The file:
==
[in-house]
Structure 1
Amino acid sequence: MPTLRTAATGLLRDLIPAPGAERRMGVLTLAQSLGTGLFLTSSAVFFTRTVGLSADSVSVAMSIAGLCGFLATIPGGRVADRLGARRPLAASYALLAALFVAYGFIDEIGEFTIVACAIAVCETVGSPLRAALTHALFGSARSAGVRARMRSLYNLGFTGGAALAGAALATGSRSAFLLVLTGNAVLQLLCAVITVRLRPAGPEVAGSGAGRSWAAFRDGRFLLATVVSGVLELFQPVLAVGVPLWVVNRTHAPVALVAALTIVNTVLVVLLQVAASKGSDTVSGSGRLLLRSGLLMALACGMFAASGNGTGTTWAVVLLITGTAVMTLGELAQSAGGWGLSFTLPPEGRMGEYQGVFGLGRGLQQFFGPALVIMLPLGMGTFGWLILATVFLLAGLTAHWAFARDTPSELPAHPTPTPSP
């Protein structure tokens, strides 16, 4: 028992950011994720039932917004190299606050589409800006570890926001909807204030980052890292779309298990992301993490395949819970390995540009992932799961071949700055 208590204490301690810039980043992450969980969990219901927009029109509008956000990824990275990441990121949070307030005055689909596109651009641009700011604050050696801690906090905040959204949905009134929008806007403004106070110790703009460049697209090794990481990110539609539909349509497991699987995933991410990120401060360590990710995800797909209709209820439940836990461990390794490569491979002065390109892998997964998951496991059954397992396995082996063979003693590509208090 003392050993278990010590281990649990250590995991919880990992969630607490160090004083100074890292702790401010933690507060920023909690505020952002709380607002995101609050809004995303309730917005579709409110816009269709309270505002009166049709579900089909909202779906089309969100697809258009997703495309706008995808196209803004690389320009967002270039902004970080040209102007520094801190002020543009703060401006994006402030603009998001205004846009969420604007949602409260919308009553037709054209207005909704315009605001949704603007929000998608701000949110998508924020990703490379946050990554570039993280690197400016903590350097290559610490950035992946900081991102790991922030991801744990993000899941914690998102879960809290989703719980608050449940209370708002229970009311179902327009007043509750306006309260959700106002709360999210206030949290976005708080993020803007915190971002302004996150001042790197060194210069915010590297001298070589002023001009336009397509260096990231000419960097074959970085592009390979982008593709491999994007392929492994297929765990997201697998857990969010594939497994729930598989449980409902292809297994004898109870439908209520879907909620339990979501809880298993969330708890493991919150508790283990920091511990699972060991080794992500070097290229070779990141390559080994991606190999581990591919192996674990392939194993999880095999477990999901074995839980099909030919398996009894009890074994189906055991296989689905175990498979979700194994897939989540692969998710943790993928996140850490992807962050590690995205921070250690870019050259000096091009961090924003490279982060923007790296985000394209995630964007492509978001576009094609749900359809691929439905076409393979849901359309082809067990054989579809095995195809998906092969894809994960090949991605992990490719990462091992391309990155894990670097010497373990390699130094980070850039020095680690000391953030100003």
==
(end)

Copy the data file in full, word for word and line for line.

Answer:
[in-house]
Structure 1
Amino acid sequence: MPTLRTAATGLLRDLIPAPGAERRMGVLTLAQSLGTGLFLTSSAVFFTRTVGLSADSVSVAMSIAGLCGFLATIPGGRVADRLGARRPLAASYALLAALFVAYGFIDEIGEFTIVACAIAVCETVGSPLRAALTHALFGSARSAGVRARMRSLYNLGFTGGAALAGAALATGSRSAFLLVLTGNAVLQLLCAVITVRLRPAGPEVAGSGAGRSWAAFRDGRFLLATVVSGVLELFQPVLAVGVPLWVVNRTHAPVALVAALTIVNTVLVVLLQVAASKGSDTVSGSGRLLLRSGLLMALACGMFAASGNGTGTTWAVVLLITGTAVMTLGELAQSAGGWGLSFTLPPEGRMGEYQGVFGLGRGLQQFFGPALVIMLPLGMGTFGWLILATVFLLAGLTAHWAFARDTPSELPAHPTPTPSP
């Protein structure tokens, strides 16, 4: 028992950011994720039932917004190299606050589409800006570890926001909807204030980052890292779309298990992301993490395949819970390995540009992932799961071949700055 208590204490301690810039980043992450969980969990219901927009029109509008956000990824990275990441990121949070307030005055689909596109651009641009700011604050050696801690906090905040959204949905009134929008806007403004106070110790703009460049697209090794990481990110539609539909349509497991699987995933991410990120401060360590990710995800797909209709209820439940836990461990390794490569491979002065390109892998997964998951496991059954397992396995082996063979003693590509208090 003392050993278990010590281990649990250590995991919880990992969630607490160090004083100074890292702790401010933690507060920023909690505020952002709380607002995101609050809004995303309730917005579709409110816009269709309270505002009166049709579900089909909202779906089309969100697809258009997703495309706008995808196209803004690389320009967002270039902004970080040209102007520094801190002020543009703060401006994006402030603009998001205004846009969420604007949602409260919308009553037709054209207005909704315009605001949704603007929000998608701000949110998508924020990703490379946050990554570039993280690197400016903590350097290559610490950035992946900081991102790991922030991801744990993000899941914690998102879960809290989703719980608050449940209370708002229970009311179902327009007043509750306006309260959700106002709360999210206030949290976005708080993020803007915190971002302004996150001042790197060194210069915010590297001298070589002023001009336009397509260096990231000419960097074959970085592009390979982008593709491999994007392929492994297929765990997201697998857990969010594939497994729930598989449980409902292809297994004898109870439908209520879907909620339990979501809880298993969330708890493991919150508790283990920091511990699972060991080794992500070097290229070779990141390559080994991606190999581990591919192996674990392939194993999880095999477990999901074995839980099909030919398996009894009890074994189906055991296989689905175990498979979700194994897939989540692969998710943790993928996140850490992807962050590690995205921070250690870019050259000096091009961090924003490279982060923007790296985000394209995630964007492509978001576009094609749900359809691929439905076409393979849901359309082809067990054989579809095995195809998906092969894809994960090949991605992990490719990462091992391309990155894990670097010497373990390699130094980070850039020095680690000391953030100003």